Last July, proponents of a higher minimum wage in Arizona submitted over 270,000 petition signatures to the Secretary of State’s Office in hopes of securing a spot on the November ballot. Tens of thousands of those signatures were apparently fraudulent.
We know this because a superior court judge determined as much when the validity of the signatures was challenged by the Arizona Restaurant Association. We also know this because the campaign behind what came to be Proposition 206 pointed to the invalid signatures as justification for not paying the firm it contracted to collect signatures after that firm sued.
None of that mattered, however. The initiative still got on the ballot due to a technicality and, as has been the case with minimum wage initiatives across the country, passed by a wide margin.
Arizona is now paying the price. Caregivers to the developmentally disabled are cutting services. Schools are scrambling to adjust budgets. Small businesses are raising prices and laying off workers.
It’s bad. It could have been worse.
And yet as bad as Proposition 206 has been for Arizona, it could have been worse.
Propositions dealing with solar energy mandates, a greatly expanded taxpayer-funded elections scheme, and compensation caps on health care executives were all poised to join the ballot alongside Proposition 206 and Proposition 205, which sought to legalize recreational marijuana.
Thankfully, Proposition 205 was defeated by voters, while the other issues didn’t make the ballot. The compensation cap campaign threw in the towel only after it submitted signatures, but didn’t defend their validity after the Arizona Chamber of Commerce and Industry challenged them in court.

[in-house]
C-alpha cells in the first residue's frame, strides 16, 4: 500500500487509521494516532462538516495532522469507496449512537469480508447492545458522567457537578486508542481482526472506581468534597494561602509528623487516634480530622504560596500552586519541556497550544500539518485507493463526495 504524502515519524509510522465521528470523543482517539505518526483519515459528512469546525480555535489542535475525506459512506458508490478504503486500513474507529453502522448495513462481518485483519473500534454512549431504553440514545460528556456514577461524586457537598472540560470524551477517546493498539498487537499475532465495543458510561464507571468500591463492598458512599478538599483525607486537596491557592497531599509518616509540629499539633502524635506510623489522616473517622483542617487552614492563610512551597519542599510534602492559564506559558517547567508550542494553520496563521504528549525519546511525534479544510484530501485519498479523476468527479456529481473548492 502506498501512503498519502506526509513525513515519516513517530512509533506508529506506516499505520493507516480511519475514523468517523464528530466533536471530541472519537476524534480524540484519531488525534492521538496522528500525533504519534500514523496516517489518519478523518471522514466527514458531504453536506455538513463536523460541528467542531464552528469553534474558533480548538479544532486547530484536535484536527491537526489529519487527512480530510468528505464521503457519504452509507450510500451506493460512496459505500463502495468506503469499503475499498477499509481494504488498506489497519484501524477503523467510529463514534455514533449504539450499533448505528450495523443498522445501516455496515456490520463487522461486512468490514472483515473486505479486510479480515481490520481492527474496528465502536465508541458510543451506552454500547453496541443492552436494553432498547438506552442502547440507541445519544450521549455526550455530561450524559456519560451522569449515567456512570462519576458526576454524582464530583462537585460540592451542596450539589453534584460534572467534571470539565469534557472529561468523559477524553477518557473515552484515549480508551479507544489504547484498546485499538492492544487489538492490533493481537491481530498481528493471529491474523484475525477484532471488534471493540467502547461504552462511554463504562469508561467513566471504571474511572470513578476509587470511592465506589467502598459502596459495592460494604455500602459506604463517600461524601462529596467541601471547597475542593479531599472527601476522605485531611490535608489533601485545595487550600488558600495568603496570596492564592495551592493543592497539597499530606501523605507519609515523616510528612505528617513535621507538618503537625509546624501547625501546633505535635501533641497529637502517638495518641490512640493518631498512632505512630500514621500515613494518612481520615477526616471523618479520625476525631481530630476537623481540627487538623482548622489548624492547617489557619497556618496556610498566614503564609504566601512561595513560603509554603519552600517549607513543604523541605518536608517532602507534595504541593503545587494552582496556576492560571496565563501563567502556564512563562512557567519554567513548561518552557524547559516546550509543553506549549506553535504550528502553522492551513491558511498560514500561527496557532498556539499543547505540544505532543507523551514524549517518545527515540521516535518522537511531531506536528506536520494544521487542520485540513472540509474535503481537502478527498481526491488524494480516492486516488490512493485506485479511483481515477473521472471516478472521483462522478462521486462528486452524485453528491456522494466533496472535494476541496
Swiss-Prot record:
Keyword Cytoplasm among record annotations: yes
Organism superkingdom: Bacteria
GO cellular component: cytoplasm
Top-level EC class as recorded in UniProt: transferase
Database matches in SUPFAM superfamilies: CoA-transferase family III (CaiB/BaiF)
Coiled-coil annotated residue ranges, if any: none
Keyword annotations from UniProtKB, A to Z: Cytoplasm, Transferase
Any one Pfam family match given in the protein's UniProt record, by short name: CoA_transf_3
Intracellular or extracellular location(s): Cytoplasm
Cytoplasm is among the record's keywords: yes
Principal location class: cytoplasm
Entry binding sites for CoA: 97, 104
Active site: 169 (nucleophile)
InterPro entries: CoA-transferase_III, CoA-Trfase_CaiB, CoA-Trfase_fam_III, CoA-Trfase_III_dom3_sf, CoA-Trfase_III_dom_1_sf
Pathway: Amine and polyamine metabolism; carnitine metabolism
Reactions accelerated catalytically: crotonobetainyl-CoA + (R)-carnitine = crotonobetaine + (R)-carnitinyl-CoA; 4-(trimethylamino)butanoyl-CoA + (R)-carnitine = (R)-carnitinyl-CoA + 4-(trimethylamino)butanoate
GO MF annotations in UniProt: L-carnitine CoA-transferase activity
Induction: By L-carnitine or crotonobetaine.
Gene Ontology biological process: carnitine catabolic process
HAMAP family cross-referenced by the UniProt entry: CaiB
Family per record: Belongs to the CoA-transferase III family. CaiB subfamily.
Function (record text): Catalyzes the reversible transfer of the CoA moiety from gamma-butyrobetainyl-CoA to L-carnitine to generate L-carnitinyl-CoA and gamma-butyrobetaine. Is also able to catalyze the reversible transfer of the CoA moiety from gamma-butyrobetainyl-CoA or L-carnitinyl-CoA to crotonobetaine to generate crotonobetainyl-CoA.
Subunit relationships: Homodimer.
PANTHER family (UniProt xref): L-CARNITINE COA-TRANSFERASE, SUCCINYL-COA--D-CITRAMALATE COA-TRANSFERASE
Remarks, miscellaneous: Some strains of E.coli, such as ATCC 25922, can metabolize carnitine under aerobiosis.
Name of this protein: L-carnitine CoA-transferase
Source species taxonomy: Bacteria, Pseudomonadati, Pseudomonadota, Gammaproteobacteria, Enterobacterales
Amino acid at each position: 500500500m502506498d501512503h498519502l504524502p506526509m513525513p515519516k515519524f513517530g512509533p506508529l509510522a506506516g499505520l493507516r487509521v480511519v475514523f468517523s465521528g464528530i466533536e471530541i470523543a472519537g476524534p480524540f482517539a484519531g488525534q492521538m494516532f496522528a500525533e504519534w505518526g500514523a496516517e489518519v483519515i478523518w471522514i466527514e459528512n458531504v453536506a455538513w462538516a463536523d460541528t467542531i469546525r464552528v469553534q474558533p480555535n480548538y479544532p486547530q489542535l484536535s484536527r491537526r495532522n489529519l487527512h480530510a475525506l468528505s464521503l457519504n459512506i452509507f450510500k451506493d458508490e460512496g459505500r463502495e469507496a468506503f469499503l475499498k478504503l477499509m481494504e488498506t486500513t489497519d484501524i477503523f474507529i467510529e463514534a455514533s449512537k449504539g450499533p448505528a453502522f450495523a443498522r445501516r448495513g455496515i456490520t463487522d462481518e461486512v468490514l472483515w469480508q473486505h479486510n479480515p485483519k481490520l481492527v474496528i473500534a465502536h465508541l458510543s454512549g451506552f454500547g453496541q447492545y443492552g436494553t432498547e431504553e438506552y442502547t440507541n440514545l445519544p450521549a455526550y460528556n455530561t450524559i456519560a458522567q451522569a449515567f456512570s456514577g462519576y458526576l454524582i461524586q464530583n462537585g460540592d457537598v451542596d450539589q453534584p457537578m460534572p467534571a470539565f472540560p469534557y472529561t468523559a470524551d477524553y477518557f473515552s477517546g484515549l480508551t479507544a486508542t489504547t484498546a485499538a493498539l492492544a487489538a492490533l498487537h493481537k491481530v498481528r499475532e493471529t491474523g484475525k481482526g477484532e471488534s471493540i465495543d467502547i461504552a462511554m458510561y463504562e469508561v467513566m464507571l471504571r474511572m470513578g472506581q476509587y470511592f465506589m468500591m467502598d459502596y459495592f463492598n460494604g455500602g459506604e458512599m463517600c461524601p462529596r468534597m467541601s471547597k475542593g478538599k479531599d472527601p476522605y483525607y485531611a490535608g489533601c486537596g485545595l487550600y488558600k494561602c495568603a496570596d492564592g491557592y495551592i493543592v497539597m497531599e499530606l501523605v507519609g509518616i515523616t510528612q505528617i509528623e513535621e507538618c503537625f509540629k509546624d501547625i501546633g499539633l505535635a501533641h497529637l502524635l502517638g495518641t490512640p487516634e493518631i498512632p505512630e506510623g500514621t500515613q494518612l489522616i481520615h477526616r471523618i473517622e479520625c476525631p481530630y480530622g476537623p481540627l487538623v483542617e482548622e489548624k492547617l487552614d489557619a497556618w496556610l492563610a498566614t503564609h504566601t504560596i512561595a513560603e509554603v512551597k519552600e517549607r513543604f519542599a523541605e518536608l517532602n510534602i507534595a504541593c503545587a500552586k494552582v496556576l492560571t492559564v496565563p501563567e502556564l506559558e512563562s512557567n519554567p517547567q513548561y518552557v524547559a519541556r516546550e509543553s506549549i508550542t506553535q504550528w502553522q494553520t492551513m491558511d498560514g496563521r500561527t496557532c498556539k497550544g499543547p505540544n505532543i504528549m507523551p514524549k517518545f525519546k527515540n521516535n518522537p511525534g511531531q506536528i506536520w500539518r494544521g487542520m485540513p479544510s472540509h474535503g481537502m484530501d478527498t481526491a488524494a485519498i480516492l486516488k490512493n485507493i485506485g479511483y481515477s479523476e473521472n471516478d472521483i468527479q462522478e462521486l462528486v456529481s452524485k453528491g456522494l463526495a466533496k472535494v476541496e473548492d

The Chamber worked hard to campaign to defeat marijuana legalization and the minimum wage measures. Our efforts helped win the day on the marijuana initiative. But campaign resources aren’t easy to come by. Had we been forced to battle an additional three bad initiatives, the odds for success would not have been in our favor – even if the policy arguments were, as evidenced by our experience on minimum wage.
Arizona is vulnerable to out-of-state activists
One would not typically think that a state with a pro-business governor and a state House and state Senate similarly focused on economic growth would be a playground for out-of-state activists aligned with labor unions and the environmental movement.
But because of the state’s citizen initiative process, Arizona is vulnerable. The barrier to entry onto an Arizona ballot is so low that much of the progress accomplished by our elected officials to make Arizona more competitive is at risk for being undone by out-of-state interests who are more than happy to carry out their destructive agendas here.